Norway rejects extradition request
August 31, 2010
Norwegian Foreign Minister Jonas Gahr Støre made a whirlwind day trip to Beijing on Monday and diplomatically claimed he had constructive talks with top leaders. He turned down, however, China’s request to extradite terror suspect Mikael Davud, now being held in an Oslo prison.
Norwegian Broadcasting (NRK) reported that Chinese officials asked Støre (PicApp photo at right) to return Davud, who came to Norway as a Uyghur refugee from northwestern China. The Uyghur people in the uneasy Xinjang Province have long been viewed as a security problem by the Chinese authorities, who in turn have been accused of violating the Uyghurs’ human rights.
Davud, who became a Norwegian citizen in 2007, was among three men arrested in early July on suspicion of planning a terrorist attack in Norway. The British newspaper Daily Telegraph has also recently linked Davud to a network believed to have been involved in the London bombings in 2005, and suggested he led a terror cell from Oslo.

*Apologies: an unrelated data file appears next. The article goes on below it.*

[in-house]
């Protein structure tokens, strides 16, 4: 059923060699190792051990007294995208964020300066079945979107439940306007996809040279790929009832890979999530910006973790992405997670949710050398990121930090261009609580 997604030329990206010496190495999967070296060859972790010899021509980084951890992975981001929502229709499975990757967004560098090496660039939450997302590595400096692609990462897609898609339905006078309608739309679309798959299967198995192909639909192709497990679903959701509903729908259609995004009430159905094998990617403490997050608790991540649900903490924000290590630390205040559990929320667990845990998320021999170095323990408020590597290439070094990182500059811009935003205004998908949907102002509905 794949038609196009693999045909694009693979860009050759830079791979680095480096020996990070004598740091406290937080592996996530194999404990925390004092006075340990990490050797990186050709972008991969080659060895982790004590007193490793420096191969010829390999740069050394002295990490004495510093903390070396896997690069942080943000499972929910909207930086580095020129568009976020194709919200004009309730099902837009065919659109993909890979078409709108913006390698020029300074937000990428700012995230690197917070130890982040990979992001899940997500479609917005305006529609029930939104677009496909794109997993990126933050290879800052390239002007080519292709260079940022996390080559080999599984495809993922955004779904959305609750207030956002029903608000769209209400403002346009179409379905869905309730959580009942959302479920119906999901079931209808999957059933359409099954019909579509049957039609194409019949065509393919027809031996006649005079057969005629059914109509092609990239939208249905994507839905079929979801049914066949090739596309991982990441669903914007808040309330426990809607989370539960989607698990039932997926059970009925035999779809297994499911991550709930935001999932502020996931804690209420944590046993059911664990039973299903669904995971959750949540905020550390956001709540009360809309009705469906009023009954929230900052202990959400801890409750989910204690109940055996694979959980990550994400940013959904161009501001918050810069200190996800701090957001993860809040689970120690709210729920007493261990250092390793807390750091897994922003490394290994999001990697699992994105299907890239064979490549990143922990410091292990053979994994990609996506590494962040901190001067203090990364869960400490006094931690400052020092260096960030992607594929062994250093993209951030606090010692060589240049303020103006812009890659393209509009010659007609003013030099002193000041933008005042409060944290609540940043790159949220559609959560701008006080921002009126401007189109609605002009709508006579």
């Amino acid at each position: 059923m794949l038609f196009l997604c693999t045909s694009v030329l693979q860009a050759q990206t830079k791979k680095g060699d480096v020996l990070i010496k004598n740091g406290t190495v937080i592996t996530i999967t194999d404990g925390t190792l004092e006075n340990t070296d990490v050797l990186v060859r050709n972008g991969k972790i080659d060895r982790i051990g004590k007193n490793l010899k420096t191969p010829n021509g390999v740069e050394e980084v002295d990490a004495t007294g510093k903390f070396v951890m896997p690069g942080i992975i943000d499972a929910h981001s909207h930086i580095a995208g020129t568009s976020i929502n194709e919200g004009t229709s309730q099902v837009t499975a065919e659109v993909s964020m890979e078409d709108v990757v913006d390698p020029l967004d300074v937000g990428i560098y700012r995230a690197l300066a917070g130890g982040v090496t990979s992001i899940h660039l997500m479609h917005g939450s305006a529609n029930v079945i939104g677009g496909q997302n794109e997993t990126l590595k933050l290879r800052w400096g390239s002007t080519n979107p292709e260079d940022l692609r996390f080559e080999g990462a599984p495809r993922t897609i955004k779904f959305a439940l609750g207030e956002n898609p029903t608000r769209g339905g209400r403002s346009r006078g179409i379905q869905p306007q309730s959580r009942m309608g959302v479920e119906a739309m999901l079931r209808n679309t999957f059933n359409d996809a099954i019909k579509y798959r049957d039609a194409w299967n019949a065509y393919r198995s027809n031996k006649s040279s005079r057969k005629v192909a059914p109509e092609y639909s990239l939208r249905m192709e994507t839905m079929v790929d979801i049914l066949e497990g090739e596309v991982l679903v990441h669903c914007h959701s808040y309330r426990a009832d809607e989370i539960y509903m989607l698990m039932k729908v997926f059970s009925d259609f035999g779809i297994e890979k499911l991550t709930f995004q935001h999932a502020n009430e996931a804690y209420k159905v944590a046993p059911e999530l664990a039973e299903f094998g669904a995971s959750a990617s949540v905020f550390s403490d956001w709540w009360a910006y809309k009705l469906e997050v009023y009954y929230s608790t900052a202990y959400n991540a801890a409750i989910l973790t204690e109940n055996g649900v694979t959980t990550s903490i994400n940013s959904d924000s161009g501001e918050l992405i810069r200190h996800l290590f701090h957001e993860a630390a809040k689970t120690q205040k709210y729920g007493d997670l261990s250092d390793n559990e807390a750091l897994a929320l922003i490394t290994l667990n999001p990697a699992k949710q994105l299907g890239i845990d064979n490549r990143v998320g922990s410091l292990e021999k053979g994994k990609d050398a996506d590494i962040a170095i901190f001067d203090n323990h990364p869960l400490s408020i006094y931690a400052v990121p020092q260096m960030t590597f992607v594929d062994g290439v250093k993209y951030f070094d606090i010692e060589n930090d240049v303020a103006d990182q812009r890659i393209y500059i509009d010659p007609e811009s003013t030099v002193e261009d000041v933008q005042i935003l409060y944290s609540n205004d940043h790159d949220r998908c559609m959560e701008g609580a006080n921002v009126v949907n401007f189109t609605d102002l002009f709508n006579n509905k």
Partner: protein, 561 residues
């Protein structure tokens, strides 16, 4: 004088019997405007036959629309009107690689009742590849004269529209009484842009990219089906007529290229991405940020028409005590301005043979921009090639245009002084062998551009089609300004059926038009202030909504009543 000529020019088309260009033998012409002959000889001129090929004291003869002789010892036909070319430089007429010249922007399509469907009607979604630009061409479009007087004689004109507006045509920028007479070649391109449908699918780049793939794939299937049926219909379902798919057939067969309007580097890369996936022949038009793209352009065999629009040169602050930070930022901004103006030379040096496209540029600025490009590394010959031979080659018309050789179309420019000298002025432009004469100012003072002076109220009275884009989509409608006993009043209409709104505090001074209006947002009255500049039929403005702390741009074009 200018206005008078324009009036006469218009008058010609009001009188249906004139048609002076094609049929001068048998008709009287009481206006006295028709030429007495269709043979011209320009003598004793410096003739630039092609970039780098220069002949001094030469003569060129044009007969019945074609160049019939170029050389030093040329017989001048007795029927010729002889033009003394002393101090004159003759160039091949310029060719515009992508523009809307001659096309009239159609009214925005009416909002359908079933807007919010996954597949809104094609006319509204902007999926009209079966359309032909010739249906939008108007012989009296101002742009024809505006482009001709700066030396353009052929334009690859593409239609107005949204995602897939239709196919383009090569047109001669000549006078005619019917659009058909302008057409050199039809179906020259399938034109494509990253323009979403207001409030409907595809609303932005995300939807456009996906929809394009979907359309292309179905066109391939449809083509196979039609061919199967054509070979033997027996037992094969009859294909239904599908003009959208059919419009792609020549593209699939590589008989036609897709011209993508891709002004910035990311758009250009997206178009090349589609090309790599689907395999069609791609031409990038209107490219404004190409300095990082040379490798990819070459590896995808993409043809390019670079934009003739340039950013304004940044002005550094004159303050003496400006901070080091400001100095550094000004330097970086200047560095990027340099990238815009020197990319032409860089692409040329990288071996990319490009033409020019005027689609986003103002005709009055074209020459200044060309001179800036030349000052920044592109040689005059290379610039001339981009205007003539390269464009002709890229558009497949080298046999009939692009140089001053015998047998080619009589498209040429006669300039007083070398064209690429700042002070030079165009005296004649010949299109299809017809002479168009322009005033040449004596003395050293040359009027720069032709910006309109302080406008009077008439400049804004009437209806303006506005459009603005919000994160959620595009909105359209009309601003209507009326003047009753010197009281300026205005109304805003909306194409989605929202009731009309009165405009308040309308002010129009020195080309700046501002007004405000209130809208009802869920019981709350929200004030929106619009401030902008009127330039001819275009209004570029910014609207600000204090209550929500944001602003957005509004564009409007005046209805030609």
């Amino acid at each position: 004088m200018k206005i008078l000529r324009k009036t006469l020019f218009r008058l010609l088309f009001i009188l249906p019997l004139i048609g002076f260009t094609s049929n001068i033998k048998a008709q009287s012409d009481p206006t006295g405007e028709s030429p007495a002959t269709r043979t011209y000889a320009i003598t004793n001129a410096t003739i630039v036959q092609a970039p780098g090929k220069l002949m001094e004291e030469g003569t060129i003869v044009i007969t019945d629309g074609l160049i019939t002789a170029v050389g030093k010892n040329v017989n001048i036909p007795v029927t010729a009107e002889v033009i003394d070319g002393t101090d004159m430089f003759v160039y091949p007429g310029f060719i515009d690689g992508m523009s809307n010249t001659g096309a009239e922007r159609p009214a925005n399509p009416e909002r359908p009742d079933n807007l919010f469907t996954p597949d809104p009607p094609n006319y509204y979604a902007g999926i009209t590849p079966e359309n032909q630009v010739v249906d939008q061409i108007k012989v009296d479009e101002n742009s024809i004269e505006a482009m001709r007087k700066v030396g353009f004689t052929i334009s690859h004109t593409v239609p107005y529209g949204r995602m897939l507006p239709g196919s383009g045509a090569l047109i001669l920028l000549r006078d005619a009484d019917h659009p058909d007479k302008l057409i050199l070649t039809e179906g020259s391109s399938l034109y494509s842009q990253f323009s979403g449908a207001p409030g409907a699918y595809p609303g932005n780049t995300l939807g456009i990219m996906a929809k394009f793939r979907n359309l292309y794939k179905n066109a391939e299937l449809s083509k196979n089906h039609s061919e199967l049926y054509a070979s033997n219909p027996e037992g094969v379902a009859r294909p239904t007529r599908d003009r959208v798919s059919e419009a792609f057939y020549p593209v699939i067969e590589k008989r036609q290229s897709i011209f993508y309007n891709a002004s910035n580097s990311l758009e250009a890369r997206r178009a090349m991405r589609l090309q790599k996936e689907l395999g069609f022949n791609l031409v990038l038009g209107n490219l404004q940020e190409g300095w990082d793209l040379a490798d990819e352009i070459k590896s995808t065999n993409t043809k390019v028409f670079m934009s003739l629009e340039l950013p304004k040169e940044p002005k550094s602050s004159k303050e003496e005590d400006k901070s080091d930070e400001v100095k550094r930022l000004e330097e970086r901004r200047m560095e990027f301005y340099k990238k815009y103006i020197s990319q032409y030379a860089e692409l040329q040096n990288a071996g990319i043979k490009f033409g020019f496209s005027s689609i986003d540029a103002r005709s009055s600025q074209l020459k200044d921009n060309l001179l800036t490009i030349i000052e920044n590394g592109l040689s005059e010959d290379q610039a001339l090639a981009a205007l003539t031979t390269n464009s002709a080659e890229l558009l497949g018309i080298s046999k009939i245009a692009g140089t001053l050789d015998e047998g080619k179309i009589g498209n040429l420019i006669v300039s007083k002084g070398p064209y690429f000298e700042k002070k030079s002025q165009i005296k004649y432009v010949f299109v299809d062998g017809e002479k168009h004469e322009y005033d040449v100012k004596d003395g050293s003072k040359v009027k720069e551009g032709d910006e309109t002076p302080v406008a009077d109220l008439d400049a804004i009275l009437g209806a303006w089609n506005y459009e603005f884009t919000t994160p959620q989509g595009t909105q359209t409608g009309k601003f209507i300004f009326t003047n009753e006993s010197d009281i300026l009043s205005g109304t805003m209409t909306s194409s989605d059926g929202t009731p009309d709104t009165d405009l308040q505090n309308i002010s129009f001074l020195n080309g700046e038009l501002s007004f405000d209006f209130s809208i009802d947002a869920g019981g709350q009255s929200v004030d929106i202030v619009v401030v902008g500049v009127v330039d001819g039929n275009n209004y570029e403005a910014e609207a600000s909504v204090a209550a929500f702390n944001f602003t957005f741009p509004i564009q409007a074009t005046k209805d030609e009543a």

Støre told newspaper Dagbladet that the Chinese media have followed the terror case closely, while Chinese authorities have contested Davud’s Norwegian citizenship. They want him extradited on the grounds he remains a Chinese citizen.
Støre disagrees. “The man is a Norwegian citizen and Norwegian courts will decide his guilt,” Støre said. Davud’s defense lawyer agrees, telling Dagbladet that “China has its own agenda when it comes to the Uyghurs. They have an extremely brutal behaviour towards the Uyghurs.”
Støre, meanwhile, told reporters that he otherwise had productive talks with his Chinese counterpart, Foreign Minister Yang Jiechi, and Vice President Xi Jinping, among others.
Støre defied jet lag and any after-effects of his 50th birthday party over the weekend to hold a speech on the northern areas (external link) in addition to his talks. He was especially pleased to meet Xi, who some believe may succeed Hu Jintao as president and party leader in China.
“He made a solid impression, had made himself familiar with Norwegian-Chinese relations and could talk about them almost without notes,” Støre told newspaepr Aftenposten. He said Xi was interested in how Norway’s social welfare state functions and how it was preparing to handle pension demands from an growing elder population.
China is also interested in Arctic issues and has recently set up a research station on Svalbard. Støre said he also brought up human rights issues during his brief visit, but few details were released.